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Body autonomy

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Here's a simple guideline that I wish more people in our society would follow:

Don't touch other people without their permission.

When I started this post, I was thinking specifically about ways in which some bodies are sometimes treated as public property, such as white people touching black people's hair (and more generally, anyone touching other people's “unusual” hair), and people touching pregnant women's bellies.

But there are obviously lots of other contexts where this applies, too, both minor and major.

There are, of course, exceptions. If you need to touch someone to avert imminent harm (like pulling them out of the way of a speeding car), for example, or if you're a parent or someone in a parental role. But the contexts I'm tallking about—and there are a lot of them—are contexts where the unwanted touch is not in fact for the other person's good.

...And speaking of kids, I would say that even kids deserve a certain degree of body autonomy, where feasible. Parents obviously have to do a lot of things for the kid's own good, but in other contexts, it's nice for kids to have some autonomy. If you're a family friend or relative, for example, and a kid you like declines to hug you, then I recommend letting them make that decision for themselves, even at a pretty young age. I'm always sad when my friends' kids decide not to hug me goodbye—but I think their autonomy is more important than my wanting a hug.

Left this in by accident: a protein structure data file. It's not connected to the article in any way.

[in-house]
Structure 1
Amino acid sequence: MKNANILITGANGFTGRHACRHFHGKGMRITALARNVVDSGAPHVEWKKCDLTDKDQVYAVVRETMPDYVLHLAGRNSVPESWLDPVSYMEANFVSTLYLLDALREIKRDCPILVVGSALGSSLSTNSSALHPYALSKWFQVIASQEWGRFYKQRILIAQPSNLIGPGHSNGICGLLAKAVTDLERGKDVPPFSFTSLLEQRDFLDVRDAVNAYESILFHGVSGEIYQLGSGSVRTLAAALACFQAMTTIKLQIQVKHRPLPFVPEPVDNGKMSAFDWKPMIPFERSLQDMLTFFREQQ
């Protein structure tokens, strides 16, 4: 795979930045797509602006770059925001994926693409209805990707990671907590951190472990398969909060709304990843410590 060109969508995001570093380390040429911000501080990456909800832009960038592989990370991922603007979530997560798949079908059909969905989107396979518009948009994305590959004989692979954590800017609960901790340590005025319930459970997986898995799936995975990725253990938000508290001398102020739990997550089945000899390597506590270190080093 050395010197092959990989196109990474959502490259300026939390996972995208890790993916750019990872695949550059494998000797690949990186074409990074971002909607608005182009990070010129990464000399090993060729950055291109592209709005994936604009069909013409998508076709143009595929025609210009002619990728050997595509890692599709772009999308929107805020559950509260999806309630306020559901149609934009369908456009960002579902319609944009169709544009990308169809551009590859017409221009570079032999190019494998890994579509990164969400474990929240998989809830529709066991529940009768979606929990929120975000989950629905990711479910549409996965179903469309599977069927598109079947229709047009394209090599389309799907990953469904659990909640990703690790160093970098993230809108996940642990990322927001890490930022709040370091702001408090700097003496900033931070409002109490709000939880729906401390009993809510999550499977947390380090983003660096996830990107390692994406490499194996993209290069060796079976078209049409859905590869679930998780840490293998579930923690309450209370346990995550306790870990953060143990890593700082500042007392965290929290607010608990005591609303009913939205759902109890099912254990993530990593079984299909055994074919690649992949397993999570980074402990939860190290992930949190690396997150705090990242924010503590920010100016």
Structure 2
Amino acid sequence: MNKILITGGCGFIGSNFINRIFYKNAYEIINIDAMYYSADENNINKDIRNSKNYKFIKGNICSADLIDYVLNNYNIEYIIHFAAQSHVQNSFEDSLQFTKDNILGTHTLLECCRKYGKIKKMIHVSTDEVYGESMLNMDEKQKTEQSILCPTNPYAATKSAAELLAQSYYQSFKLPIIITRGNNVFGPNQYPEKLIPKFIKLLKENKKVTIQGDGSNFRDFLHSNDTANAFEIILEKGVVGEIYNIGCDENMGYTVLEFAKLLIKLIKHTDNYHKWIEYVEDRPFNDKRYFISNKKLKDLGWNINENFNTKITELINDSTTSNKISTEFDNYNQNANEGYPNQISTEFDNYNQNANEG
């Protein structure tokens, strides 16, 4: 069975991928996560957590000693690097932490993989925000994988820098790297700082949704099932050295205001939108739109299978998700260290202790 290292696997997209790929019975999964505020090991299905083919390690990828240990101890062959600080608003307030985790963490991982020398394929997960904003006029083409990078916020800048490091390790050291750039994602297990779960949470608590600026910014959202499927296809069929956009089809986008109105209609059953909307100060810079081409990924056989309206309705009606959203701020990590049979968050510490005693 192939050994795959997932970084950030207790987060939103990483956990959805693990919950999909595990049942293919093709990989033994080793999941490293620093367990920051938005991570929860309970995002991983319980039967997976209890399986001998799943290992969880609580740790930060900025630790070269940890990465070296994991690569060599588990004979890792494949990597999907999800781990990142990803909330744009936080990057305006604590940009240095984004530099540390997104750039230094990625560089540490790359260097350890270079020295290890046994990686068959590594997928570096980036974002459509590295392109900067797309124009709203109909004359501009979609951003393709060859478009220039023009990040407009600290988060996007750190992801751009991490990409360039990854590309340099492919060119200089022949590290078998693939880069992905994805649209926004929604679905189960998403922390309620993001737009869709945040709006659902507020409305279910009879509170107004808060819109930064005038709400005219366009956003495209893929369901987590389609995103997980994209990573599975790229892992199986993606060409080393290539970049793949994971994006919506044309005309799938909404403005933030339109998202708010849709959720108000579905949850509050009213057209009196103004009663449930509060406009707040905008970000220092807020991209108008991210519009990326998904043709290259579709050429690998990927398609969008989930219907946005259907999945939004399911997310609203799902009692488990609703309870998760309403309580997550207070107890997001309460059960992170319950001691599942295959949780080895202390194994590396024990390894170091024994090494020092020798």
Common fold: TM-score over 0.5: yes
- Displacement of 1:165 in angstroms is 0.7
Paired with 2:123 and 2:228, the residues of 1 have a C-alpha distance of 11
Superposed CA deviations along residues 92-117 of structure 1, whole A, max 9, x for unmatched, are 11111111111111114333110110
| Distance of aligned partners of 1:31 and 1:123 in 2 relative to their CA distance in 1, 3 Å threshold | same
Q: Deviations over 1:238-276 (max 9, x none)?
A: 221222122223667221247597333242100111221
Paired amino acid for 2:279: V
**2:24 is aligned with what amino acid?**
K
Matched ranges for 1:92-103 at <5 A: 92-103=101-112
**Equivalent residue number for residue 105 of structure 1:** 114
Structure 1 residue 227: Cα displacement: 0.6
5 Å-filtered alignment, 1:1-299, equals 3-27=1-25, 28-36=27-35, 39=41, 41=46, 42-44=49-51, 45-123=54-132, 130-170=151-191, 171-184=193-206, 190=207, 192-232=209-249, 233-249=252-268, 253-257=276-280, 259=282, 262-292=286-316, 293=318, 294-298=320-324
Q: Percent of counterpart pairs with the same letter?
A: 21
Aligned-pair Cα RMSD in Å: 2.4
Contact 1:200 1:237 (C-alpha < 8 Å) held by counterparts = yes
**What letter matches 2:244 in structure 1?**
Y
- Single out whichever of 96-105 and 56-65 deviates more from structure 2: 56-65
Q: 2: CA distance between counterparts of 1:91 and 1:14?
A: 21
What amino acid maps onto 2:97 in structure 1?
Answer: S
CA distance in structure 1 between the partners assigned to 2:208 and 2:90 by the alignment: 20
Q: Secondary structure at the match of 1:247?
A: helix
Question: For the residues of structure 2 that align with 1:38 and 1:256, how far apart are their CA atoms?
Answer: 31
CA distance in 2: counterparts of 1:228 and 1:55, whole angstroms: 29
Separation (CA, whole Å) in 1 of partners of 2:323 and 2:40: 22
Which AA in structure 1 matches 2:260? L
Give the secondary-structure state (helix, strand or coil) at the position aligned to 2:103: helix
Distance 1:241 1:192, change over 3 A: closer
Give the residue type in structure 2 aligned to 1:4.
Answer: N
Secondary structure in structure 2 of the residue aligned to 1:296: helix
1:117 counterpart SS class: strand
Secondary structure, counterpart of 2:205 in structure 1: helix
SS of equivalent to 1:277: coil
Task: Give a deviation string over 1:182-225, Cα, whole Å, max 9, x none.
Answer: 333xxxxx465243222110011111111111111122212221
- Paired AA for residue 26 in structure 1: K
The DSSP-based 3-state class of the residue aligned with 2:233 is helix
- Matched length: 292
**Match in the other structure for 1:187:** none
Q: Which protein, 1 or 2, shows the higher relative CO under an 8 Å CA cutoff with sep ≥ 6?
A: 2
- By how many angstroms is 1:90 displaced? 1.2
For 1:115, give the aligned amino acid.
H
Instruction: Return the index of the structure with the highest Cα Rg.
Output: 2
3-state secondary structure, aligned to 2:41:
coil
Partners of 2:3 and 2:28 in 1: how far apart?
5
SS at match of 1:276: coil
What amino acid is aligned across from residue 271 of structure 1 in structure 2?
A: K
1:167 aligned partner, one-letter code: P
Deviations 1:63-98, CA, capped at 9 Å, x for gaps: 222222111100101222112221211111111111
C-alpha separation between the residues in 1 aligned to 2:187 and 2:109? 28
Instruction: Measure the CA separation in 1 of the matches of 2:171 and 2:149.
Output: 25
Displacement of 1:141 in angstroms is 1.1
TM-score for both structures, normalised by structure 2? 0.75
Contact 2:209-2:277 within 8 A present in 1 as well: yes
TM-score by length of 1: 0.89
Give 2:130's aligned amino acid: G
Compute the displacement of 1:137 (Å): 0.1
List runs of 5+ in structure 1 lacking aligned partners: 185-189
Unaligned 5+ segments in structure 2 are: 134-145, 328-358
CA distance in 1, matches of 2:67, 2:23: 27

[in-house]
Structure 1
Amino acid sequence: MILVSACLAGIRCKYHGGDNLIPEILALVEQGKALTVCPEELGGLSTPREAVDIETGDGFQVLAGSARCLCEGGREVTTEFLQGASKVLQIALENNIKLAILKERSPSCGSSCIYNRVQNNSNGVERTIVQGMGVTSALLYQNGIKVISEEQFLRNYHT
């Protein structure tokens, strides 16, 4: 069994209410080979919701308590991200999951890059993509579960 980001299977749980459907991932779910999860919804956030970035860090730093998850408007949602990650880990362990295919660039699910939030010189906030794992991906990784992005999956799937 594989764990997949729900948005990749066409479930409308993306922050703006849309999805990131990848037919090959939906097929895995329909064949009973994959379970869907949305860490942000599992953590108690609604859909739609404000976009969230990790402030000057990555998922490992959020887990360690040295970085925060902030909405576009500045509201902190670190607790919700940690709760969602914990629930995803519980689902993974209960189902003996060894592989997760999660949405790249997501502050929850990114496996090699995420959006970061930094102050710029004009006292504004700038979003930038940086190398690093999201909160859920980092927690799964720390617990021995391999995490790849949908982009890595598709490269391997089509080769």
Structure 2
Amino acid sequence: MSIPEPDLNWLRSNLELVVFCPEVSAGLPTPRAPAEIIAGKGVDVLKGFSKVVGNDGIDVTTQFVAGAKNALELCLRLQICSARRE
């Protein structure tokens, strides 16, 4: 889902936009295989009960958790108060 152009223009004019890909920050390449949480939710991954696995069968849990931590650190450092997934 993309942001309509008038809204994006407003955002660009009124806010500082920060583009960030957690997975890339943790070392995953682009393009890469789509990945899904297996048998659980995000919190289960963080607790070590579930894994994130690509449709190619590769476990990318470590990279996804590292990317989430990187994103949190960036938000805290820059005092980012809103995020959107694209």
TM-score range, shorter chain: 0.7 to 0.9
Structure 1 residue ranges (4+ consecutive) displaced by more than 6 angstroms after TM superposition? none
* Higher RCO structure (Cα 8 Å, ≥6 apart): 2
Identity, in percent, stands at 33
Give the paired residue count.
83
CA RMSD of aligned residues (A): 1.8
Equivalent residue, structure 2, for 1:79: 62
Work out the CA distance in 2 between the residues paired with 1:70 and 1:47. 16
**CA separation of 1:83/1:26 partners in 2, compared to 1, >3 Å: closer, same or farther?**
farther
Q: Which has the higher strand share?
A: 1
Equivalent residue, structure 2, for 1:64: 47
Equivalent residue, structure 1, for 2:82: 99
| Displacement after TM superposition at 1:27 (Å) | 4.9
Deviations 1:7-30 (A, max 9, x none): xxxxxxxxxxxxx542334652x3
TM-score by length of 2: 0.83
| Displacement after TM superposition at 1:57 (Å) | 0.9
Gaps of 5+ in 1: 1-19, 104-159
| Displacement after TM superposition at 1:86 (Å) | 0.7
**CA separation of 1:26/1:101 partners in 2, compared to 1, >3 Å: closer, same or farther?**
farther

(I guess that last paragraph is essentially the same thing Fred Small said in a concert twenty years ago: “Now, there's nothing nicer than a good hug; nothing worse than a hug that you don't want. [...] I think what we need to do is make sure everyone, regardless of their age or circumstance, is completely in charge of the hugs that they get.”)

Anyway, my main point here is not about kids per se; it's just that body autonomy is, in most contexts, a good thing and a useful paradigm.

(I wrote most of this back in March, but it fell into the category of stuff that, after I've written it, feels like it's too obvious to say. But I decided to finish it and post it anyway.)

2 Comments

What a strange meme! I don't think I've contracted it; touching someone's hair "to feel what it's like" isn't something that would occur to me any more than touching their breasts or Adam's apple.

Is "white person touches black person's hair" the only common type, or does it also carry over to touching the white hair of an elderly person, the side curls of an Orthodox Jewish man, the stubble-hair of a Marine, and so on?


Another comment that fell afoul of the moderation system. Sorry about that.

In some cases, I've heard about (for example) a white person who has straight hair touching the curly hair of another white person, because they're not used to curly hair. So, yeah, there are a lot of instantiations of that. But white people touching black people's hair is (from what I hear) by far the most common, and imo (at least in the US) the most problematic (because history) of the variants.


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